As tough as things have been for all of us over the last months, people seeking asylum are having an especially rough time.
I went through the asylum process myself, and know the pain and the feeling of not having food, money for the bus or my phone bill, and of not having the right to work. I can’t imagine how much harder it must all feel right now.
With or without the pandemic, waiting for your asylum claim to be processed is an incredibly difficult time. I had to wait over two-and-a-half years for the home office to make a decision. During that time I was barred from having a job, unable to earn a living or continue my career.
It’s hard to describe how difficult it was. Not just the lack of money, having to rely on £5.66 a day from the Home Office. It hurt my pride, it made me feel less human.
I so badly wanted to be able to continue building my career. I’d always loved business management, and had so much experience in the field from the 15 years I had been here in the UK before I was forced claim asylum. But the current rules meant I had to put everything on hold for years while my asylum claim was processed, and I was unable to take any job offered to me during this time because of the restrictions imposed.
Now that I’ve finally got refugee status and I’m able to work, I’ve set up my own small fashion brand.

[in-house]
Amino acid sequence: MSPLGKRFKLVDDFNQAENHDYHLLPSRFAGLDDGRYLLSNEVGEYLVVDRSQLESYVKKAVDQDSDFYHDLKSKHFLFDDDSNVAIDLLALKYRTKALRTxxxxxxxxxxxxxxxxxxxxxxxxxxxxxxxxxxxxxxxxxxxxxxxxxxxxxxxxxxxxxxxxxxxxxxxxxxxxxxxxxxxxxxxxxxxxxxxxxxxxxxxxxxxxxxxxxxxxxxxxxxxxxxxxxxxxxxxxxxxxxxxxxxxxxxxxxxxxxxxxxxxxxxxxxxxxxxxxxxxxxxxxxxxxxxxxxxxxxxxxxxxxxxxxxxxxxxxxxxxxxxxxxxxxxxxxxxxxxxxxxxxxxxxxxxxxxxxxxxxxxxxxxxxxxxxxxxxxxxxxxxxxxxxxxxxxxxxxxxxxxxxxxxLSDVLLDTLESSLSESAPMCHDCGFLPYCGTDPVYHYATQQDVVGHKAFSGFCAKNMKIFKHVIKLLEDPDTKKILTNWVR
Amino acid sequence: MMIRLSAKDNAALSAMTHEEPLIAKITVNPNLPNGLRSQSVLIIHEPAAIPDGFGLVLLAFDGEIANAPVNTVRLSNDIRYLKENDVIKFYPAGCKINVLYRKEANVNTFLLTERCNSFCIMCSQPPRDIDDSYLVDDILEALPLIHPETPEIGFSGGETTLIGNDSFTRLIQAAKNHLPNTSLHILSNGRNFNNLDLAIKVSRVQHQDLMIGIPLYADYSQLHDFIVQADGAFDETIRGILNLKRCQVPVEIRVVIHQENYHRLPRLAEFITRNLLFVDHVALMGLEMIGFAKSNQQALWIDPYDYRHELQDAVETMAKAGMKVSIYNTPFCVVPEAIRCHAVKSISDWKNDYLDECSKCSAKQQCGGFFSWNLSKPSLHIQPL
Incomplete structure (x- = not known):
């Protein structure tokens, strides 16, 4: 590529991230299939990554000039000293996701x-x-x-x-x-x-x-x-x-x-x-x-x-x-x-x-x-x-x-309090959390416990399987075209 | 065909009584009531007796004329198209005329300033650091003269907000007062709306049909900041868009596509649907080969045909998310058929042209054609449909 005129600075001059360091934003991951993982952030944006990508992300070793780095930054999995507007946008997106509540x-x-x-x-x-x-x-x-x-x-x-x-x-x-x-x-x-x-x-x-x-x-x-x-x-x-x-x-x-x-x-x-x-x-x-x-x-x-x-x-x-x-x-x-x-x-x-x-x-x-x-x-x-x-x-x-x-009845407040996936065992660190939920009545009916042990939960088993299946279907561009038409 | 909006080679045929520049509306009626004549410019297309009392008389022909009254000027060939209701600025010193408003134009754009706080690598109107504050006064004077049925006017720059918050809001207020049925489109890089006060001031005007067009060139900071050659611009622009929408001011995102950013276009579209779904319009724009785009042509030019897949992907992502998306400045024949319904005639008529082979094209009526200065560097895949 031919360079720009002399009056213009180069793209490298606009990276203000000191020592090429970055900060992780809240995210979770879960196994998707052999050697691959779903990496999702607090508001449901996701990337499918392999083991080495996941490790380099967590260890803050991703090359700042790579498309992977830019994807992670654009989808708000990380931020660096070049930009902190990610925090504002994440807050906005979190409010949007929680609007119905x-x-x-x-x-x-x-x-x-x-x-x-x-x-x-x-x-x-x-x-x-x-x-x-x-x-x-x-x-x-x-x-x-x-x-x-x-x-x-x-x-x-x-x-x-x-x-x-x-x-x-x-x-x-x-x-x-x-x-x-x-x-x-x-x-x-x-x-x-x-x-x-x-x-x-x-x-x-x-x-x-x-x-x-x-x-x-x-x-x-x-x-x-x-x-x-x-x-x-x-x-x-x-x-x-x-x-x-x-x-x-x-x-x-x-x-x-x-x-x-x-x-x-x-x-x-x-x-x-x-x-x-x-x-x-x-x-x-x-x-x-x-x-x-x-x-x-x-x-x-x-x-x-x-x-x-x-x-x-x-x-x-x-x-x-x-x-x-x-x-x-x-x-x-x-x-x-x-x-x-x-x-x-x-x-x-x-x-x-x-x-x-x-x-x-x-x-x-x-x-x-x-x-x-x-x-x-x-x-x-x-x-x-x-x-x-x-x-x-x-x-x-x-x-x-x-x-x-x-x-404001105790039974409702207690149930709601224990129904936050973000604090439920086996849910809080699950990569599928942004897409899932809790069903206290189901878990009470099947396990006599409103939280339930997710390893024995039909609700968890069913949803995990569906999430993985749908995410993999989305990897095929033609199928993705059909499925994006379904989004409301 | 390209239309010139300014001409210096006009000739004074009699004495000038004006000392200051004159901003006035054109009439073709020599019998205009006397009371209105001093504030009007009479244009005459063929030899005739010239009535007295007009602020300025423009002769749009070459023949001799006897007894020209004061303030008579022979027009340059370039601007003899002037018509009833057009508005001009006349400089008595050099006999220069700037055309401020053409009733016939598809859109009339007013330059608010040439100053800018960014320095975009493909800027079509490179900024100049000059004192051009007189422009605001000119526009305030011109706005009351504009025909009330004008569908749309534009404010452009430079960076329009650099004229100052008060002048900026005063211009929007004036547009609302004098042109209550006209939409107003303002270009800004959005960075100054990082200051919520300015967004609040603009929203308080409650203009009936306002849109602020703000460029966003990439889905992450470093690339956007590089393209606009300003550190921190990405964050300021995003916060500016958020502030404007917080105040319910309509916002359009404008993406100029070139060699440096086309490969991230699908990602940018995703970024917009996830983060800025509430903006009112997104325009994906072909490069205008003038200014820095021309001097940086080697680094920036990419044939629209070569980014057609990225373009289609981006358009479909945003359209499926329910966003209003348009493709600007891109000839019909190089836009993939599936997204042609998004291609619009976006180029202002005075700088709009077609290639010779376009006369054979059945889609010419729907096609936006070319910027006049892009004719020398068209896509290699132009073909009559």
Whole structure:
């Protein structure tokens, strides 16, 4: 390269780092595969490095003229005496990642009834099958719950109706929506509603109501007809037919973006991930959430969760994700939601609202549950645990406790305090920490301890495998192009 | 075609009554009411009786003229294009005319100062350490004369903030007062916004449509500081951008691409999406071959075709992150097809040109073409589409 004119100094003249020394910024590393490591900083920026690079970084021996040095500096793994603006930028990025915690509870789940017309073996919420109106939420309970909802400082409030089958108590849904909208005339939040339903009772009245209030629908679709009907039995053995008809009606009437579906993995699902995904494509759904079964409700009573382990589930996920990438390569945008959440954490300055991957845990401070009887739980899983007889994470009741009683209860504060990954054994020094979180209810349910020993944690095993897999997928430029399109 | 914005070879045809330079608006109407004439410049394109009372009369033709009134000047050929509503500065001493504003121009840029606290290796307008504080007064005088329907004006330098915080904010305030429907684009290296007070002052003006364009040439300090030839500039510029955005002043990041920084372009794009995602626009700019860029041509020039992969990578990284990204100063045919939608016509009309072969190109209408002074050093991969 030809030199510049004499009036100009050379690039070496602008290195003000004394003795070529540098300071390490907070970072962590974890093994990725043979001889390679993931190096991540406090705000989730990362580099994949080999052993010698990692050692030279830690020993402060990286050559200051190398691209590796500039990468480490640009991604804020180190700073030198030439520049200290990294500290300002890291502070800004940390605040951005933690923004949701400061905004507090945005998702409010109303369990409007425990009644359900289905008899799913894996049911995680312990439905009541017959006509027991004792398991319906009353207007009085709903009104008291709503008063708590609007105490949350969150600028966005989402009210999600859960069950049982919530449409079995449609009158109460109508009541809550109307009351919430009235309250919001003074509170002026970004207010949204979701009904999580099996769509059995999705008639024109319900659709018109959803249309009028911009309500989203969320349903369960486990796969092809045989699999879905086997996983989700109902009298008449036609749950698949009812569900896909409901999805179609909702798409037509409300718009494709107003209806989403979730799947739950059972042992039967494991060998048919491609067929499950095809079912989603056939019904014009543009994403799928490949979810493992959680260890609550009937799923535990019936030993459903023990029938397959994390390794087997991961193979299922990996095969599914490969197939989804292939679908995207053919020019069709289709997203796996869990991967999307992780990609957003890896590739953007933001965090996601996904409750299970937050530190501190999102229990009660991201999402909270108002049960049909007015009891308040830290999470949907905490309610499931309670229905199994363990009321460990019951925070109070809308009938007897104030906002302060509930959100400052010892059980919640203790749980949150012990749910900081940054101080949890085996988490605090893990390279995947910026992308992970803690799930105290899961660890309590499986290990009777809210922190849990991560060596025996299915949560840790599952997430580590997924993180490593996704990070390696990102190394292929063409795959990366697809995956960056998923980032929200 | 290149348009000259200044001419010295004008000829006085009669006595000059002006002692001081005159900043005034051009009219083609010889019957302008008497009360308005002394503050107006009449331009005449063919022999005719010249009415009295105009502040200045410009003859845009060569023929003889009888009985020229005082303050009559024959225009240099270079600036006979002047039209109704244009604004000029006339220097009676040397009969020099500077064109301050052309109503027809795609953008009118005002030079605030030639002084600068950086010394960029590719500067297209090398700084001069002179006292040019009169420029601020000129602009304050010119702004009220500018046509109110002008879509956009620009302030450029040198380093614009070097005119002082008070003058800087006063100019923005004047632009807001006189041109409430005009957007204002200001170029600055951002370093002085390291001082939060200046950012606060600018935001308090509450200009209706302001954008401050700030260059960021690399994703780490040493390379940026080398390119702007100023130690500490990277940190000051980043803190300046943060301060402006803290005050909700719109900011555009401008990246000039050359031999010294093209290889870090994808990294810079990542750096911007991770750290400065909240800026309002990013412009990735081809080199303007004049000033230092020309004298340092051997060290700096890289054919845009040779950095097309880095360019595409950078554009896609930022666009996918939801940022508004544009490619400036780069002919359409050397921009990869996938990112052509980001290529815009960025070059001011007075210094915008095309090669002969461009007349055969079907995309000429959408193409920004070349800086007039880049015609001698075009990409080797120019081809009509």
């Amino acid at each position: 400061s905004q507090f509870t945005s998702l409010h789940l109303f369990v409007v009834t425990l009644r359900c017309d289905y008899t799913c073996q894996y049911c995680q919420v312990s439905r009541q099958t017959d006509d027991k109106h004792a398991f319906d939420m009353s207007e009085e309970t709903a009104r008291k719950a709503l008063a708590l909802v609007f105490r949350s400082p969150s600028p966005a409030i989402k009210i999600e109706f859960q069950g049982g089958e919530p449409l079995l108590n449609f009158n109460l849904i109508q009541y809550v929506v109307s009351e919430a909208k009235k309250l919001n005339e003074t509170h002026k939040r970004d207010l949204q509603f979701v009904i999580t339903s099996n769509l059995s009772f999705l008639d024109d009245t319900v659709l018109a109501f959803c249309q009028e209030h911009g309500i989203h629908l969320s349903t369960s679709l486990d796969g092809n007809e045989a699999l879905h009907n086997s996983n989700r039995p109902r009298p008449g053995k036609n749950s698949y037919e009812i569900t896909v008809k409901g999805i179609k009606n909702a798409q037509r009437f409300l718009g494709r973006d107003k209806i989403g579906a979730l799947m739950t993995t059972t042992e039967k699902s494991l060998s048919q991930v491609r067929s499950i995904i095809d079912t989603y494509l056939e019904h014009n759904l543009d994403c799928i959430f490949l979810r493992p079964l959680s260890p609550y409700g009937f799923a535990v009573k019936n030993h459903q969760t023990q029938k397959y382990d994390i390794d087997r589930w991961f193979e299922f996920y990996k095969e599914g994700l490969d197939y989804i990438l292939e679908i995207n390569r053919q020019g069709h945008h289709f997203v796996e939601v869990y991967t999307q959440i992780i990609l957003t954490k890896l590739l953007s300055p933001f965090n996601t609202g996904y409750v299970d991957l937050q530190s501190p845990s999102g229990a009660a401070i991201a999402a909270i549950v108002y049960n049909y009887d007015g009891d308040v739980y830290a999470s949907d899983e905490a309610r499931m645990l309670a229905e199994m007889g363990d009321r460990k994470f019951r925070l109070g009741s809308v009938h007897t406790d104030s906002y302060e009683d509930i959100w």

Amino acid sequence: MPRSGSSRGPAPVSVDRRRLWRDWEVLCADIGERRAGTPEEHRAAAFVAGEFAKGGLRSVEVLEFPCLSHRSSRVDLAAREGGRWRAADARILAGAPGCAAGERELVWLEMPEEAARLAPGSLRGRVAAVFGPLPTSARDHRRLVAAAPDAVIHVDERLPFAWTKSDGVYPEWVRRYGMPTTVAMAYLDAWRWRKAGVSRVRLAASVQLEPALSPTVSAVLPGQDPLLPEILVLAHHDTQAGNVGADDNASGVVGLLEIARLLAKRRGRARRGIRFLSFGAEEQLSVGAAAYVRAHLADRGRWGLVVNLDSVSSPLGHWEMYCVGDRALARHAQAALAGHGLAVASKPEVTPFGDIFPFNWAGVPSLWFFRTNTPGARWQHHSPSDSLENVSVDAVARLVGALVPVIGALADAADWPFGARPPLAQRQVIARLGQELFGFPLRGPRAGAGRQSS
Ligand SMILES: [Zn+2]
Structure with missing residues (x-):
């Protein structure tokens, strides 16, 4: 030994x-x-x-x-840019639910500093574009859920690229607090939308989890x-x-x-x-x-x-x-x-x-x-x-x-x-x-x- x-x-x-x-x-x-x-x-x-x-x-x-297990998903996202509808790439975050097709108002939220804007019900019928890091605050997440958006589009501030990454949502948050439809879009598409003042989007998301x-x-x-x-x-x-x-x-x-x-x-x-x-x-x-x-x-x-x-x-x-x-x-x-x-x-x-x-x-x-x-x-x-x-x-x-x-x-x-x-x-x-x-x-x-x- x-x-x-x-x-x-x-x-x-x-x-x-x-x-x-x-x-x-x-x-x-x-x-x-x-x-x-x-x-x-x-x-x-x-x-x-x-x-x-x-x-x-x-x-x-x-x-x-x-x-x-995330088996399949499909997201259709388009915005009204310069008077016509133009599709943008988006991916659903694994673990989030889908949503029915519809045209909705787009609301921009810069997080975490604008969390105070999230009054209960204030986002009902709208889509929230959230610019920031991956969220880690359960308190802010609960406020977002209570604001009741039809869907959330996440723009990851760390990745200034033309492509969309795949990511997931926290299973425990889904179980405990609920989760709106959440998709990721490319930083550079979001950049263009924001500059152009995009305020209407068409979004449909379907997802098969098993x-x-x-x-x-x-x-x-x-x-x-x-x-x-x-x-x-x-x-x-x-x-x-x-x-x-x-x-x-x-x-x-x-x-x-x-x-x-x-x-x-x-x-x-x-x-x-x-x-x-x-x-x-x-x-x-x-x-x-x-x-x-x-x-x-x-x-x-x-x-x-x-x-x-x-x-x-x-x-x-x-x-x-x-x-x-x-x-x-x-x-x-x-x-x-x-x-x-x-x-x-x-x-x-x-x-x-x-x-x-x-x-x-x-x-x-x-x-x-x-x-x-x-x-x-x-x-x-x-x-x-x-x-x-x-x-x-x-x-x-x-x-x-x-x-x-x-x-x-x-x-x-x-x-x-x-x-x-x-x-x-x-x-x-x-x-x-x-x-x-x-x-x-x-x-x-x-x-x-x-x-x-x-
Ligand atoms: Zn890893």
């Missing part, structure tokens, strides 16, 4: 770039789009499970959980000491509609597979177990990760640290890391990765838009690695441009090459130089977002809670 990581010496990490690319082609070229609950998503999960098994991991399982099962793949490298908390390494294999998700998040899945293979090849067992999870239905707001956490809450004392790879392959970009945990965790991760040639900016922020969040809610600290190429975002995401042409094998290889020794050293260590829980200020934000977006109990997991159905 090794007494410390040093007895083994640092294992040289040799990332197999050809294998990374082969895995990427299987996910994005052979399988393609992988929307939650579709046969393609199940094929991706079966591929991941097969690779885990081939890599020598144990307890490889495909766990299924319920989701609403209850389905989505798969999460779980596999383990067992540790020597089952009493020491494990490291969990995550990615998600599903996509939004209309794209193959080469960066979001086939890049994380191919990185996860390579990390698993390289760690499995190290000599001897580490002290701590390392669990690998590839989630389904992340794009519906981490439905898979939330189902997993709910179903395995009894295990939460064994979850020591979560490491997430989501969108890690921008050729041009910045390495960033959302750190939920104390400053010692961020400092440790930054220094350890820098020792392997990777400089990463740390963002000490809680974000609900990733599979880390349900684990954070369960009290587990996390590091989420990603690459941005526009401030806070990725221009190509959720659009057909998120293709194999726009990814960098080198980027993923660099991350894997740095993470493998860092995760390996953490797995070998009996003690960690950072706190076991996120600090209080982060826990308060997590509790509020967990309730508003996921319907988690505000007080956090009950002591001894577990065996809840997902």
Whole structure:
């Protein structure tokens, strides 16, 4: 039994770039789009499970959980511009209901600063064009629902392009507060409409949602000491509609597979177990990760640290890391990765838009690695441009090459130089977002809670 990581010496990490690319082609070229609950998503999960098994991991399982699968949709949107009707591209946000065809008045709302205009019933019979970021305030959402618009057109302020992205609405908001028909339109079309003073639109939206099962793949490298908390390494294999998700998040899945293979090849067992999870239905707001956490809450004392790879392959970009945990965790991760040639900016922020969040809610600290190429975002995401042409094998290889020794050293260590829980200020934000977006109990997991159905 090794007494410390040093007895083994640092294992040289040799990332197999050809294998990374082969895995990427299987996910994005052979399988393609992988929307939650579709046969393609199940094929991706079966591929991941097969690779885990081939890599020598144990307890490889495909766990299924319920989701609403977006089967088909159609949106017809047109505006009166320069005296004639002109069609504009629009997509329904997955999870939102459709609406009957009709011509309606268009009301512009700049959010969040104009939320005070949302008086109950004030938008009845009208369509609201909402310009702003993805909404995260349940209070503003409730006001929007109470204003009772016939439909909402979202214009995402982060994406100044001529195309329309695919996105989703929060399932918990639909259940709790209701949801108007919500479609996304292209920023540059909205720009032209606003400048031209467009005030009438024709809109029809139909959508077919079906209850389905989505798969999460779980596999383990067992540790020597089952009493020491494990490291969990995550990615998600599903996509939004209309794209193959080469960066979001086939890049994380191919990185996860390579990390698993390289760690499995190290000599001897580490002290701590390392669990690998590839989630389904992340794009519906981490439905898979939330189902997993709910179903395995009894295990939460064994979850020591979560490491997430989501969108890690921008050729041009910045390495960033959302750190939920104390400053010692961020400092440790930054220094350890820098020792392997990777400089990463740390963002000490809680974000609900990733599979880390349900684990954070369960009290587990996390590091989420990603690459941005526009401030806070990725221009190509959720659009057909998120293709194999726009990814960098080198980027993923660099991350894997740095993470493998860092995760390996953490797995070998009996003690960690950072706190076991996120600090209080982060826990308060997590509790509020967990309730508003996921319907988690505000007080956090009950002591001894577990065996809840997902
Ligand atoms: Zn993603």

During the lockdown I’ve been making masks and scrubs for the NHS. I’ve also been making masks for a hostel for people seeking asylum – it’s one small way I’ve been able to help. The masks are fun to make, although I have to be careful, I’ve found myself making them until four in the morning!
I’m also involved in the Lift the Ban coalition which is a group of over 200 organisations campaigning to change the rules so people seeking asylum have the right to work in the UK. As part of the campaign I got to go to Parliament last year, to talk to MPs and Peers about my life in Britain. It was there that I saw the power of the campaign. We met MPs and Peers from all political parties. They’re aware of how much support our campaign to give people seeking asylum the right to work has got.
So, let’s keep going! Let’s keep up the pressure because I think we can win. I could see that as I told politicians what had happened to me. They understood why things need to change; and why lifting the ban will be good for people like me, good for business and good for society.
I don’t want any other people seeking asylum to feel dehumanised, or to go through the depressing process that I went through. We need to Lift the Ban.
Stand with me and call on our Government to Lift the Ban.